ASUU Strike: Lecturers, govt delegation hold crucial meeting Thursday

From left: Former President of the  Academic Staff Union of Universities (ASUU), Prof. Nasir Isa; President of ASUU, Biodun Ogunyemi; and the Vice President, Prof. Emmanuel Osodeke, at a news conference on the state of the nation in Abuja on Monday (14/8/17).
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From left: Former President of the Academic Staff Union of Universities (ASUU), Prof. Nasir Isa; President of ASUU, Biodun Ogunyemi; and the Vice President, Prof. Emmanuel Osodeke, at a news conference on the state of the nation in Abuja on Monday (14/8/17). 04255/14/8/2017/Albert otu/JAU/NAN

The Academic Staff Union of Universities, ASUU, will on Thursday hold a crucial meeting with the federal government.

Thursday’s meeting, if held, will be exactly a week since the lecturers refused to show up for a meeting with the government delegation saying such meeting was “unnecessary.”

This Thursday’s meeting is at the instance of the ministers of labour and education and was communicated to ASUU in early hours of Thursday, PREMIUM TIMES learnt.

Persons expected to be at Thursday’s meeting are the Minister of Labour, Chris Ngige, and the Minister of Education, Adamu Adamu.

The President of ASUU, Biodun Ogunyemi, confirmed Thursday’s meeting to PREMIUM TIMES.

“We just received the notification of the meeting,” he said in a telephone interview on Tuesday morning. “Until Thursday, that is when we can say what would happen but we have
been invited for the meeting.”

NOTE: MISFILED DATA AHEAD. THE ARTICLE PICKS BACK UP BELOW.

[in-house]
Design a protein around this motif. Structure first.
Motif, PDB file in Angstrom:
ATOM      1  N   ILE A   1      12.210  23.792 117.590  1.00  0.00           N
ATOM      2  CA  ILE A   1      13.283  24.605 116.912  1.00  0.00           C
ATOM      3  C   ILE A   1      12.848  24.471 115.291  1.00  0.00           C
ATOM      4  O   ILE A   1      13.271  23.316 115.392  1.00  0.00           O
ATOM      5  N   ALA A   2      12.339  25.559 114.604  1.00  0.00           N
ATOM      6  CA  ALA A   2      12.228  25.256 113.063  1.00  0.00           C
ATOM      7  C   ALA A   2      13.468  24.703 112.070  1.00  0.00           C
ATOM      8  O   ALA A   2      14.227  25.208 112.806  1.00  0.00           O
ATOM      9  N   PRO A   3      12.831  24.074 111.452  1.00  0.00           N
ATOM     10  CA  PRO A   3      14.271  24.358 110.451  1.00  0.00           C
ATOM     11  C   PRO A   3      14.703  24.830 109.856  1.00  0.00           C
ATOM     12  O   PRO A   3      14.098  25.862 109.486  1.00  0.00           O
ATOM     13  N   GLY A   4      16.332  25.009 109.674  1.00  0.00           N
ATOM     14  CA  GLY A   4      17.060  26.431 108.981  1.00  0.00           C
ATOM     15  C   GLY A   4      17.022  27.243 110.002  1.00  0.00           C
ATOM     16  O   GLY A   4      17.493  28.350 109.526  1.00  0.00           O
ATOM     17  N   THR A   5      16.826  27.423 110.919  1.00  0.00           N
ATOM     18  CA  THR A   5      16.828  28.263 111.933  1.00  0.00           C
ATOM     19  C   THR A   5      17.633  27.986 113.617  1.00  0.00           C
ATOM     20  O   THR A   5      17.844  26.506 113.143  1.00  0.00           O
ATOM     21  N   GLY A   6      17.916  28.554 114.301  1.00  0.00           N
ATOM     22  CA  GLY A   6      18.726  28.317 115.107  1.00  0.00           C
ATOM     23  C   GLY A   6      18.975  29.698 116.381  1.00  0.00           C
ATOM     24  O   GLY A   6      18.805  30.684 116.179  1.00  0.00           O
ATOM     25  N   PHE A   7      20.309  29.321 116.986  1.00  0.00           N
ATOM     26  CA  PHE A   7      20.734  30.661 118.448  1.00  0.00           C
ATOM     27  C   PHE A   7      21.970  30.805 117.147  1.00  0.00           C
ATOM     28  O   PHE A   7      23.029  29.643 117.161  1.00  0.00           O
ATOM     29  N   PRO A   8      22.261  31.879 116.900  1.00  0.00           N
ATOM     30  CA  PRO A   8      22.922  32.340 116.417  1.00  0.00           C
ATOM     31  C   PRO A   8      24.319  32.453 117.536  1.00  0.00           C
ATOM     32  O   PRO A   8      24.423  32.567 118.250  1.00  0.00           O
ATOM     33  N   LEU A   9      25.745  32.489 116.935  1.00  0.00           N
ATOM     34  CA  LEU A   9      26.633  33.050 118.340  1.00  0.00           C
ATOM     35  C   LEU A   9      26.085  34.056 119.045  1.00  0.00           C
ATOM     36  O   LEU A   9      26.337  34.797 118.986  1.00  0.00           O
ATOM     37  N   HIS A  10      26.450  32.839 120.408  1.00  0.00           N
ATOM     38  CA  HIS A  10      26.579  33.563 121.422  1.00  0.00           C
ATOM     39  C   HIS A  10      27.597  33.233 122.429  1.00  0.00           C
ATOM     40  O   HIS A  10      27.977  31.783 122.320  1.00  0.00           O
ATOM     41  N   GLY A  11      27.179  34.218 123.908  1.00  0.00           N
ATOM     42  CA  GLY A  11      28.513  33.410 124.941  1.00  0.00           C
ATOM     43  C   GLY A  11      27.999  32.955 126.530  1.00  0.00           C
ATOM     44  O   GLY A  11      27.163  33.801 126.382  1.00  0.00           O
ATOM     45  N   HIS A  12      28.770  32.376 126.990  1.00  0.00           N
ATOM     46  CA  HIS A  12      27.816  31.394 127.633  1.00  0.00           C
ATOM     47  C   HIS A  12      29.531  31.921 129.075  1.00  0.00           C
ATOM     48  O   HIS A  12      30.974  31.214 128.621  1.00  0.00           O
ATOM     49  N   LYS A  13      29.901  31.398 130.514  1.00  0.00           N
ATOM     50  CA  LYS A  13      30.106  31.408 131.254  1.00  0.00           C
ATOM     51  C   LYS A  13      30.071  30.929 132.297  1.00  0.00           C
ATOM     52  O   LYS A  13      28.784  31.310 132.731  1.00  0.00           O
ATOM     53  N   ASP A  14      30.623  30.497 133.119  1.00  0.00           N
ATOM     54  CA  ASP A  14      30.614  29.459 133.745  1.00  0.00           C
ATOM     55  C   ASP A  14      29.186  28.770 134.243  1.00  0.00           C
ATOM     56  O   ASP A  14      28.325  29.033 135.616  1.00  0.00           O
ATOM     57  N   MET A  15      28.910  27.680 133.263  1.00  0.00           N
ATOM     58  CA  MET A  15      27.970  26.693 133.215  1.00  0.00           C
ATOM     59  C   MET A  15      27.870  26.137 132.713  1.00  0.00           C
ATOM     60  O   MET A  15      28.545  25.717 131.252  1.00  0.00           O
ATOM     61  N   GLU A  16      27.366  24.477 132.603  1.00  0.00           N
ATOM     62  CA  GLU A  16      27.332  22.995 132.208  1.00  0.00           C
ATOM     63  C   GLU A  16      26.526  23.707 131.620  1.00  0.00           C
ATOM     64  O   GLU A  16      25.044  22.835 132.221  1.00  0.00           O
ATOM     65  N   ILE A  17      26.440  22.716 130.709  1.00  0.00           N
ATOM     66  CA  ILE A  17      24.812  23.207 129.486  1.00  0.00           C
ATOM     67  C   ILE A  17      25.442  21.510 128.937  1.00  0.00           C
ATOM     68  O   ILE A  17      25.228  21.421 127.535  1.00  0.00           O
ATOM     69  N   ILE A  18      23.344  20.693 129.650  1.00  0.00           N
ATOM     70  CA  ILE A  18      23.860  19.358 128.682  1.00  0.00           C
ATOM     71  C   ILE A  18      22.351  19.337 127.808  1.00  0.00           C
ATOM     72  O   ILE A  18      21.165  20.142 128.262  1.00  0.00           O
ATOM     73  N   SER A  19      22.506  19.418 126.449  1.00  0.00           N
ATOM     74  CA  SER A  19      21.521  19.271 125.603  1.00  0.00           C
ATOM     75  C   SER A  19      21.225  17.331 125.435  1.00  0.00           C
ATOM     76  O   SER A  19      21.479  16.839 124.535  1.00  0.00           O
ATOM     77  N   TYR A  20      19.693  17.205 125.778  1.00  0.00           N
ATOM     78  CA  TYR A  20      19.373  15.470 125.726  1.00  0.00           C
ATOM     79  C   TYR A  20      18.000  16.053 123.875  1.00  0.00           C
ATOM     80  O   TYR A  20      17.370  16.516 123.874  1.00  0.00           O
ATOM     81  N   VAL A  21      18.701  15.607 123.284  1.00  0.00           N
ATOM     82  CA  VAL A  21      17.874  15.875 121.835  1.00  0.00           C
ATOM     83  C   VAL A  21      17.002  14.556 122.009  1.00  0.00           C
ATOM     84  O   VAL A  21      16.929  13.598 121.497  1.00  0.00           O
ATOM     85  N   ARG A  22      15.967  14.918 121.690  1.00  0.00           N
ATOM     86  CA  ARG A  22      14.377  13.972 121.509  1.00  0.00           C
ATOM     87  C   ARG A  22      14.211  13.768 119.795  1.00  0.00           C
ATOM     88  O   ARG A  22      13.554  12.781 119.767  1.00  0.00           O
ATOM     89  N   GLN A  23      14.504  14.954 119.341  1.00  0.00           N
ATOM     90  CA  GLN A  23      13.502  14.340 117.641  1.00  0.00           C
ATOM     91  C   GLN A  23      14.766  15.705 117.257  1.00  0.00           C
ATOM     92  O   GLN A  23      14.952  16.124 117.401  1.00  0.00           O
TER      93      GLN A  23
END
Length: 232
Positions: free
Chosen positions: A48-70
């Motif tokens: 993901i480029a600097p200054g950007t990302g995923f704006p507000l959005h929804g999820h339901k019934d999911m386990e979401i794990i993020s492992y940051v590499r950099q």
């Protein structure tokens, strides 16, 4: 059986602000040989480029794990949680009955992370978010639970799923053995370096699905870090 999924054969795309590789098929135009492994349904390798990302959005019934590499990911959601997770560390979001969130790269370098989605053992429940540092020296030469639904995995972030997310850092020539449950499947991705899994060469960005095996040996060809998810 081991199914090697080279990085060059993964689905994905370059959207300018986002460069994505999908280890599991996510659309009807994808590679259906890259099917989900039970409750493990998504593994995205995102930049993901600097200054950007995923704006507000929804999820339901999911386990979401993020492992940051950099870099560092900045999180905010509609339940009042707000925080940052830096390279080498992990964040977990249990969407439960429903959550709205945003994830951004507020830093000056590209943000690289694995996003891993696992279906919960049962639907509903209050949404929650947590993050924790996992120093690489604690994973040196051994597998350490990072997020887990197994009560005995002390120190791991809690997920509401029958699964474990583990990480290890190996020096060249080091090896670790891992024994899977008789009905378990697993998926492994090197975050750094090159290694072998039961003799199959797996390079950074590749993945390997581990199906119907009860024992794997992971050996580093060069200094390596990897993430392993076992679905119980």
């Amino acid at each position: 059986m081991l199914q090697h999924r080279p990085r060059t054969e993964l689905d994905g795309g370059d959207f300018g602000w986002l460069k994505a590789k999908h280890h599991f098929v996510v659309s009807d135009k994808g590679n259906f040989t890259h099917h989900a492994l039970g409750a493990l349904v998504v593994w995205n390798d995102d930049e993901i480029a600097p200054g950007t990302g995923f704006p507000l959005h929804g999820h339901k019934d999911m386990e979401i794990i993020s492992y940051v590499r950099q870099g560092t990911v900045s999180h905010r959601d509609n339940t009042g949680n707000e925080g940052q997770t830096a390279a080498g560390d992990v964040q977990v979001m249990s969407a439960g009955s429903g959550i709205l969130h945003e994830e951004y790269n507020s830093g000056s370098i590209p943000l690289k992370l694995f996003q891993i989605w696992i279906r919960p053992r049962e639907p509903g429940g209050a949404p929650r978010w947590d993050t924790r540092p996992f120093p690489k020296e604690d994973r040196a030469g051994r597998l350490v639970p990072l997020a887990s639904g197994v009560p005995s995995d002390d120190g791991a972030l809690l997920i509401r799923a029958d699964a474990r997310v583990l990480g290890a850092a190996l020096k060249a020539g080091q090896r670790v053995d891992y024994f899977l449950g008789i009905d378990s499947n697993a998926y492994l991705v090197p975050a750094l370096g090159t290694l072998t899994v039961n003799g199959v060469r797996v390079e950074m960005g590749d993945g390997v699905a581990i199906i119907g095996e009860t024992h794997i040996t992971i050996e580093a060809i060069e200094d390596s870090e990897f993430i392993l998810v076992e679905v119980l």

A National Executive Council meeting of ASUU held last week had reviewed the government’s initial offer to some of the demands of the lecturers. At that meeting, the lecturers resolved to proceed with the strike which commenced on August 13.

According to a top ASUU official who pleaded anonymity, the lecturers rejected the federal government’s offer sequel due to lack of “trust.”

“Lecturers were not comfortable with the federal government’s offer because previous promises failed,” the source said, seeking anonymity as he was not authorised to talk to the media. “So, it was better to solve all once and for all, so as not to be deceived again.”

The federal government had reportedly offered to pay N23 billion and a monthly payment of N1.5 billion pending the outcome of the forensic audit being carried out by the Ministry of Finance on various universities.

Some of the demands of the lecturers include payment of shortfall in salaries, universities to be allowed to manage their internal revenue independently and exemption of universities from the Treasury Single Account.


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